A Thirst-bot named Istiqfar
sinkholes for thought, swept clean half my life has been apologies to the left behind so I pathologize What if I starve myself so rivers can grow cracked riverbed thirsting am not here I am thirsting earning that inner monologue a reverie! brb in 5 amidst catastrophe WHAT IF I’VE MADE ALL THAT UP? I begin with sugar unable to suture a series of disappearances a milligram left to the sunrise halfway between mainlining the divine and that oceanic feeling: a reverie! brb in 5 there were poems of war because they’re always there in an imaginative enough geography religion too can be libidinous words richochet shrapnel map the scar tissue into homelands how hopelessly sentimental the infinite as counter-currency and our circumcised will: a reverie! AFK Rome Athens Jerusalem. tribal acquisition unlearning while lashing at the Hellespont I doubt if Xerxes imagined houses raised in Academia facing actualities, we too break the desired and write autonomously (can I picture Muhammad in my mind? is that an unlawful summon?) search search search until eyes are tired AFK brb in 5 I spit on circumstance but it lubricates your understanding (Fair enough) the thief’s hand: the aestheticized our thread’s been trending I leave the screen to watch Edward Said on my phone come back to a Thirst Bot Named Istiqfar Sömêtîmės thèrè árë nö håppy ëndings. Nö mättèr what, I'll bë lõsîng sômêthing Orientalism at the algorithmic echelon and within fiction: the scholar’s plight for the implicit a scene set: EXTERIOR—THE ANCIENT RUINS—DAY (voiced by the militia) Wê sèê õūr dârknėss às á prízéd possession Withöůt mërcy öur dårknèss would plúnge üs înto déspâir and the wandering scholar as the measuring stone at the very heart of the bazaar no matter the speaker, the audience remains heterodox hear hear you tension-less being! you playful heart of the struggle! to you… we were an occasion They cannot represent themselves the subterranean speaks They must be represented BUT “My people” are dis(re)puted atm caught between two fictions (currently named the “Middle”) What I need is the dandelion in thë spring. The bright Zéllow thát means rêbirth instead of destruction* “Me too” a reverie AFK check back in 5 --- NOTE: Lines written in Courier font are spam messages from a thirst-bot.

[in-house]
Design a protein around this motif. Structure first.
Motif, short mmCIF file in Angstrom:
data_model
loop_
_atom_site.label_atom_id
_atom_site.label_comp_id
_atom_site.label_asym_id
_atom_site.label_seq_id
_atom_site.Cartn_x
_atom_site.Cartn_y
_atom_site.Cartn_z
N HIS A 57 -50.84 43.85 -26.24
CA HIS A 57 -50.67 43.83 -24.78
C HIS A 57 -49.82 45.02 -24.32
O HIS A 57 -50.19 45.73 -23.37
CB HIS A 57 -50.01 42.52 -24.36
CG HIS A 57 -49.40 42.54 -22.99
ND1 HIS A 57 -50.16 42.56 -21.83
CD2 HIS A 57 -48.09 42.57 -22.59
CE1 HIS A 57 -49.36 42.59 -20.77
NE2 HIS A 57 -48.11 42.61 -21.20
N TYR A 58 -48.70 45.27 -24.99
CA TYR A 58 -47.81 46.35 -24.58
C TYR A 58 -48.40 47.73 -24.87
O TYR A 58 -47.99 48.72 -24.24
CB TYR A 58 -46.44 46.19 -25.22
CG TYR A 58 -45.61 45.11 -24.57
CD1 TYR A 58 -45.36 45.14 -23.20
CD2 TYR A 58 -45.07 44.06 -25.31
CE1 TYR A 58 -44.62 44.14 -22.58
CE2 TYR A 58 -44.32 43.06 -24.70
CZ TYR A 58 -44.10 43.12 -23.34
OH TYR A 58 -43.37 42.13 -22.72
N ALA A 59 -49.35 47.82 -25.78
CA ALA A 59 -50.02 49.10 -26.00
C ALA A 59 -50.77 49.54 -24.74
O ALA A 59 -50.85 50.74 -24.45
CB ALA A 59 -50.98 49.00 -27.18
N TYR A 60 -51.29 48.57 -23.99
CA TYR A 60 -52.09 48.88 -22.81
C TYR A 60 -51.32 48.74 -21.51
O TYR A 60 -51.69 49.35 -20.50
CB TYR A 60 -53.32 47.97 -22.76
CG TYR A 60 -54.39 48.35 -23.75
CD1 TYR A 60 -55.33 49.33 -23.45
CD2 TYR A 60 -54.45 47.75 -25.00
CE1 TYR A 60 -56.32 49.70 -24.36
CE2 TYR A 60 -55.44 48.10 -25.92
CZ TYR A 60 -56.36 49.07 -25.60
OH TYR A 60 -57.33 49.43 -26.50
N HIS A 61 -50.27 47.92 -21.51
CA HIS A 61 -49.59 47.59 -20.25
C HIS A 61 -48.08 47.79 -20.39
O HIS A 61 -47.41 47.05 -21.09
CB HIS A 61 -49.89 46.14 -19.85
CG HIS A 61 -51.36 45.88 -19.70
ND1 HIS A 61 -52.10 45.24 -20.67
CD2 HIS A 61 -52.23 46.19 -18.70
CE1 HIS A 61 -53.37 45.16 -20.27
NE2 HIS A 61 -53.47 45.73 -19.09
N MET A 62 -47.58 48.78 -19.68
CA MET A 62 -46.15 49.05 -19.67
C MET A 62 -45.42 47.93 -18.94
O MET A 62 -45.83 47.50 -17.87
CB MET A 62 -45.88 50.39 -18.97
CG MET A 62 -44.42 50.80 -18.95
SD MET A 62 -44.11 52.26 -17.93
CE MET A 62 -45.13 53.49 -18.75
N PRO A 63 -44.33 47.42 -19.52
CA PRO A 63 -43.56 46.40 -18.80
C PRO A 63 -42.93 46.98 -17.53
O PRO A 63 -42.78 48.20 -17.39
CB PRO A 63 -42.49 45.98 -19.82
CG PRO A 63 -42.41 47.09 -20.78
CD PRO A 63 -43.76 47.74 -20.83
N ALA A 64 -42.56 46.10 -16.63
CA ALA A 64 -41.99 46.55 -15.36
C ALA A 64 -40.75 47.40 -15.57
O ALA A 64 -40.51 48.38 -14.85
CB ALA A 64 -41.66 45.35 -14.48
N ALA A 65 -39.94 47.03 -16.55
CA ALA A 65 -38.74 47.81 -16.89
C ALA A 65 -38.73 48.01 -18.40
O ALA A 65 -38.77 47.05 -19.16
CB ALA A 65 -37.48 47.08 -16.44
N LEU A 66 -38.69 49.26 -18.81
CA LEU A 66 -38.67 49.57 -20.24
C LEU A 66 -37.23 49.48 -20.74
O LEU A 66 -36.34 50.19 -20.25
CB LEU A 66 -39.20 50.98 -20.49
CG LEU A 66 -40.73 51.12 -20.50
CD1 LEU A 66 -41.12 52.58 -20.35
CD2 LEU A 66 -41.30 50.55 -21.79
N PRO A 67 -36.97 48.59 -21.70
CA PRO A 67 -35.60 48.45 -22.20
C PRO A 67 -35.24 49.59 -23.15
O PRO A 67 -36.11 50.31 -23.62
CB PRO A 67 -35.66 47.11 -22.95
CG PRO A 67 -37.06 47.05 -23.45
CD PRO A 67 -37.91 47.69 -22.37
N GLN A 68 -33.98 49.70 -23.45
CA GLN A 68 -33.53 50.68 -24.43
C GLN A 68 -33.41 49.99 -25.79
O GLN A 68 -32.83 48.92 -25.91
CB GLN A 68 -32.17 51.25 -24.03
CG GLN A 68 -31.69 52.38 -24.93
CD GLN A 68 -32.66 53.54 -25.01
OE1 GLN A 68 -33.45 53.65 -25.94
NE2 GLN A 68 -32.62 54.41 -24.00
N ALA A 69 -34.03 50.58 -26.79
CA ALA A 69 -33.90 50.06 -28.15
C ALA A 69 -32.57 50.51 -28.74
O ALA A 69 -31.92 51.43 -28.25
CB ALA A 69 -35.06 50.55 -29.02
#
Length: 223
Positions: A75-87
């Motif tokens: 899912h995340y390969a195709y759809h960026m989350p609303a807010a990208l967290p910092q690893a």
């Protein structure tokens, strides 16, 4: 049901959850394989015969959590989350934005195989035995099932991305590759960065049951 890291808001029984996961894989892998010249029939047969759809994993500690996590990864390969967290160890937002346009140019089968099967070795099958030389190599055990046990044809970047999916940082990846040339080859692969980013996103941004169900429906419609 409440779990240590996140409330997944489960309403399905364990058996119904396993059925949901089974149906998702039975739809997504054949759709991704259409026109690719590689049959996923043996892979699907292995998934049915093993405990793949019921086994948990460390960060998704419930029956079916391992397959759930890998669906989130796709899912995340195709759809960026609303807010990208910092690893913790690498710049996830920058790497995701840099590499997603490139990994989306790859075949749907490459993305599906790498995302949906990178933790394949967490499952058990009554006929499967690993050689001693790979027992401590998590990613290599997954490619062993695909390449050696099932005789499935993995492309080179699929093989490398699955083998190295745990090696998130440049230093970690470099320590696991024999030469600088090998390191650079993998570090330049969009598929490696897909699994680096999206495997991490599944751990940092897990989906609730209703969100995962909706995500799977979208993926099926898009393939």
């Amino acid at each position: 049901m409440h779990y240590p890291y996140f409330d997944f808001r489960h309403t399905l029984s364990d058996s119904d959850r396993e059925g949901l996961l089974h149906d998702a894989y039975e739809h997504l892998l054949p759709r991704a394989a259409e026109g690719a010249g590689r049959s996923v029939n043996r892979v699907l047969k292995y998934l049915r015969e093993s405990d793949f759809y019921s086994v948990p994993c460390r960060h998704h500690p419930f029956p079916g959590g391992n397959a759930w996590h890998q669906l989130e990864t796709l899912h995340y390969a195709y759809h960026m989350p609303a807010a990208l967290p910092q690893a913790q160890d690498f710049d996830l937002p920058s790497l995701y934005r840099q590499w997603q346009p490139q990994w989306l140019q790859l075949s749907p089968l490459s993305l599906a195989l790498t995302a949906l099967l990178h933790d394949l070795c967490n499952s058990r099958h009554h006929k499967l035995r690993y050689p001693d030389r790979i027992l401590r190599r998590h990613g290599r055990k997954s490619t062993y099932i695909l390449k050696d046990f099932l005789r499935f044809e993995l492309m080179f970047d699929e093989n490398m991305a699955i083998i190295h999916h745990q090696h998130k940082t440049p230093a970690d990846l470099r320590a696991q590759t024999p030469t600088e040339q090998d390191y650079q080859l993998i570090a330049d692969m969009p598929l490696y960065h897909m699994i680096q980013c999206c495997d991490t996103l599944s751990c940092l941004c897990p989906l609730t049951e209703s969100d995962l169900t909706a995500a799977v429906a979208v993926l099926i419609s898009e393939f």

nina jane drystek on “A Thirst-bot named Istiqfar” by Khashayar Mohammadi
Combining the languages of academia, the internet and inner monologue Khashayar Mohammadi’s poem delves into the spiraling cycle of our interconnected hyperreality. Its structure, like identity, colonialism, culture and thirst bots, keeps us off-kilter, invites us to come back, dive deeper in search of algorithmic meaning, and reminds us to indulge reverie.
Khashayar “Kess” Mohammadi
(update provided in 2023) Khashayar “Kess” Mohammadi (They/Them) is a queer, Iranian born, Toronto-based Poet, Writer and Translator. They were shortlisted for the 2021 Austin Clarke poetry prize and 2022’s Arc Poem of the year award and they are the winner of the 2021 Vallum Poetry Prize. They are the author of four poetry chapbooks and three translated poetry chapbooks. Their debut poetry collection “Me, You, Then Snow” is out with Gordon Hill Press. Their second book “WJD” is out in a double volume with the translation of Saeed Tavanaee’s “The OceanDweller” from Gordon Hill Press fall 2022. Their collaborative poetry manuscript with poet Klara Du Plessis is forthcoming with Palimpsest Press Fall 2023.